edge.cs.drexel.edu/GICL/people/sevy/luthierie/guitarmaking_guide/building_flattop.html

this info updated 2010


Bruce Sexauer

Bruce Sexauer has been building guitars since before the First Book (Hats off to Irving Sloane!). Forty-five years later Bruce is working in the shop he designed and built in his backyard, where he specializes in cutting-edge traditional steel string guitars and the occasional violin. He just can’t stop himself.

www.mojoluthier.com/

this info updated 2013


Ron Sharp

Ron Sharp was raised in Pocahontas County, West Virginia, where he still runs the woods harvesting downed red spruce for his guitar tops. He learned the lutherie craft from Wayne Henderson.

this info updated 2011


Tim Shaw

Longtime GAL member Tim Shaw designed and marketed the Sunrise pickup in the 1970s, built artist instruments and prototypes for Gibson in the ’80s, and is now Director of Project Management/Guitar Design for Fender. He lectured at GAL Conventions in 1977, 1979, 1986, and 2006.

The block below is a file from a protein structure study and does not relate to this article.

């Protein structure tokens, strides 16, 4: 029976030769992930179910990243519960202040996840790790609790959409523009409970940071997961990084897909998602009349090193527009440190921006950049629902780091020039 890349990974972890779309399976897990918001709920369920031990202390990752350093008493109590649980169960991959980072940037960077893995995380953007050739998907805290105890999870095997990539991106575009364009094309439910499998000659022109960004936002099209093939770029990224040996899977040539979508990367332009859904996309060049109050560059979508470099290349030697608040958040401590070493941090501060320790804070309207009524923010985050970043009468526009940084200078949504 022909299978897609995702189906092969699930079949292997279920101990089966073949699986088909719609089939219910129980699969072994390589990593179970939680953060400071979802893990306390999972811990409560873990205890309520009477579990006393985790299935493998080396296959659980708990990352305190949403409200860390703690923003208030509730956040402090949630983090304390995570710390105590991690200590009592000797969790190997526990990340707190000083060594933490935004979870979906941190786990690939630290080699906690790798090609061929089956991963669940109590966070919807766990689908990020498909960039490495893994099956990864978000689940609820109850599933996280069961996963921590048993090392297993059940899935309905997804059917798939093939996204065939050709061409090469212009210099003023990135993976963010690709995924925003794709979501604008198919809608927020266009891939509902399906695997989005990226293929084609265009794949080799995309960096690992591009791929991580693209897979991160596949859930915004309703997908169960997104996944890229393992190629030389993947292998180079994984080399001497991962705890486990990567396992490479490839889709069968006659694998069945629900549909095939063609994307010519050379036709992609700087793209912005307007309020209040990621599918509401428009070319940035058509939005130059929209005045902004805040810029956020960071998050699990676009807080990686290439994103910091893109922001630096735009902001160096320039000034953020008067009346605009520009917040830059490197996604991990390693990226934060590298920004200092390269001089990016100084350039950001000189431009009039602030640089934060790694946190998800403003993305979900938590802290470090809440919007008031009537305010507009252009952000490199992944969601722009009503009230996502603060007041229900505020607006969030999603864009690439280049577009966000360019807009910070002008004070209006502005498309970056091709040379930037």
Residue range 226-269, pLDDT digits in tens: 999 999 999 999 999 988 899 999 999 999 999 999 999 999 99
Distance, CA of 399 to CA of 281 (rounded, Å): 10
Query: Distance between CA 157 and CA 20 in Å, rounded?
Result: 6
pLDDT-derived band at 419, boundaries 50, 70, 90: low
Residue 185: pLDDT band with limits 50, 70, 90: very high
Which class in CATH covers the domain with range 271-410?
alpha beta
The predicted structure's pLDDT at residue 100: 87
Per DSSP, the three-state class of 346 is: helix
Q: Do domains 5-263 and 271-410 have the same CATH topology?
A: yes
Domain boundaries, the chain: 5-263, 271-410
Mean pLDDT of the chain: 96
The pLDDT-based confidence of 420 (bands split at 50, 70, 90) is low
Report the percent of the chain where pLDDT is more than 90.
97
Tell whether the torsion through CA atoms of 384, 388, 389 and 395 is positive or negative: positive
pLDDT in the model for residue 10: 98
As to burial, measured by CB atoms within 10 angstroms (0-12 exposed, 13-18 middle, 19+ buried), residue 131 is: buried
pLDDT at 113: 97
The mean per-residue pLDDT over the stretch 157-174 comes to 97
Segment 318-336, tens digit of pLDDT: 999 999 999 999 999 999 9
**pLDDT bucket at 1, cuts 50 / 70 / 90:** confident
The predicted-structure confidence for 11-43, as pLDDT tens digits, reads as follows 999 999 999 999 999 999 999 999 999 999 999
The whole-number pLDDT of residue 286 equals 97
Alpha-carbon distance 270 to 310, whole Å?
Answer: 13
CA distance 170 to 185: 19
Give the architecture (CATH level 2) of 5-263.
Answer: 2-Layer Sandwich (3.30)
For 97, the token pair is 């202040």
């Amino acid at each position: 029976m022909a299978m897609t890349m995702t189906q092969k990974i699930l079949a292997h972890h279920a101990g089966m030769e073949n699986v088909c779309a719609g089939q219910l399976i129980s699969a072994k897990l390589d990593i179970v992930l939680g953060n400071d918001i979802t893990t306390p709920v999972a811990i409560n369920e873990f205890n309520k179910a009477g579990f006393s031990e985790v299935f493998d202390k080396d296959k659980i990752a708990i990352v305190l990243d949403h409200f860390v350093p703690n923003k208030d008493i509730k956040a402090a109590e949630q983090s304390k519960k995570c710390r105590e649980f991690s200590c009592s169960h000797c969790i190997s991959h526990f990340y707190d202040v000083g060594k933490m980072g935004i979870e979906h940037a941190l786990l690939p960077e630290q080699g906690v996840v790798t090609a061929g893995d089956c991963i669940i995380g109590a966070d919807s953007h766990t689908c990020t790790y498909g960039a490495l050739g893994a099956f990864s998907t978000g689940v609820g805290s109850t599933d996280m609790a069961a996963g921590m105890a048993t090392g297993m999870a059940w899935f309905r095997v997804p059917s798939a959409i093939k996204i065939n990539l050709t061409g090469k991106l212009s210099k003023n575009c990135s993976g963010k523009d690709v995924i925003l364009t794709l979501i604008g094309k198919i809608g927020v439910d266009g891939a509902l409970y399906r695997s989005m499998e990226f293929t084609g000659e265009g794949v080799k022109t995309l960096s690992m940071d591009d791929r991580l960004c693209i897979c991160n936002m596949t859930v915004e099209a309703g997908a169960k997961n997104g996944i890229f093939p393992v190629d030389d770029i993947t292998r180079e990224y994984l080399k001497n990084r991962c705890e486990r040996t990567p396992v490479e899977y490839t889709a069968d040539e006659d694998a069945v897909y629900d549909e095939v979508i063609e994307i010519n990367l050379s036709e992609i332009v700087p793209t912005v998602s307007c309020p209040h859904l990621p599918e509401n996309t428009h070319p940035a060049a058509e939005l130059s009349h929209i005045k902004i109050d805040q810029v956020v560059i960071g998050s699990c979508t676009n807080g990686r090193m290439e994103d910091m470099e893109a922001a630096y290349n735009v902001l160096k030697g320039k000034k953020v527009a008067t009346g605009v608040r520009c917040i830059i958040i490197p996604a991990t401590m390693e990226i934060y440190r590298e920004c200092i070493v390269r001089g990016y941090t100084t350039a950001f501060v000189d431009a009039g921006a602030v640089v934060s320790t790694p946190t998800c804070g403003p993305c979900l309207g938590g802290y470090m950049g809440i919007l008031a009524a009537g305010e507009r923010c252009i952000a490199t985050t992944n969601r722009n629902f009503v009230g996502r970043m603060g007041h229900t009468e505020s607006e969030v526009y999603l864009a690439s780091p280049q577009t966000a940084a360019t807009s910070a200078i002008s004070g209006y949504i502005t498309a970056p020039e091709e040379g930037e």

this info updated 2013


Federico Sheppard

Federico Sheppard was born in Mexico, and he began building guitars in 1979. He now splits his time between workshops in Green Bay, Wisconsin and Carrion de los Condes, Spain, where he is artist in residence. Dr. Sheppard is also a practicing chiropractor with a special interest in orthopedics as it applies to musicians. He has been a GAL member for a total of twenty-two years.

www.parachodelnorte.com/

this info updated 2015


Gerald Sheppard

Gerald Sheppard began building guitars exclusively in 1993. Unlike manufactured instruments, his guitars are handmade and he uses no plastic on his instruments (with the exception of the pickguard). All parts are made from natural materials of the highest quality. Gerald learned his craft through research, hands-on experience, association with instrument guilds, and input from artists and customers. His guitars have been used by professional artists in studio and on stage. Tone related design features include lower bout concentricity and tuned chambers.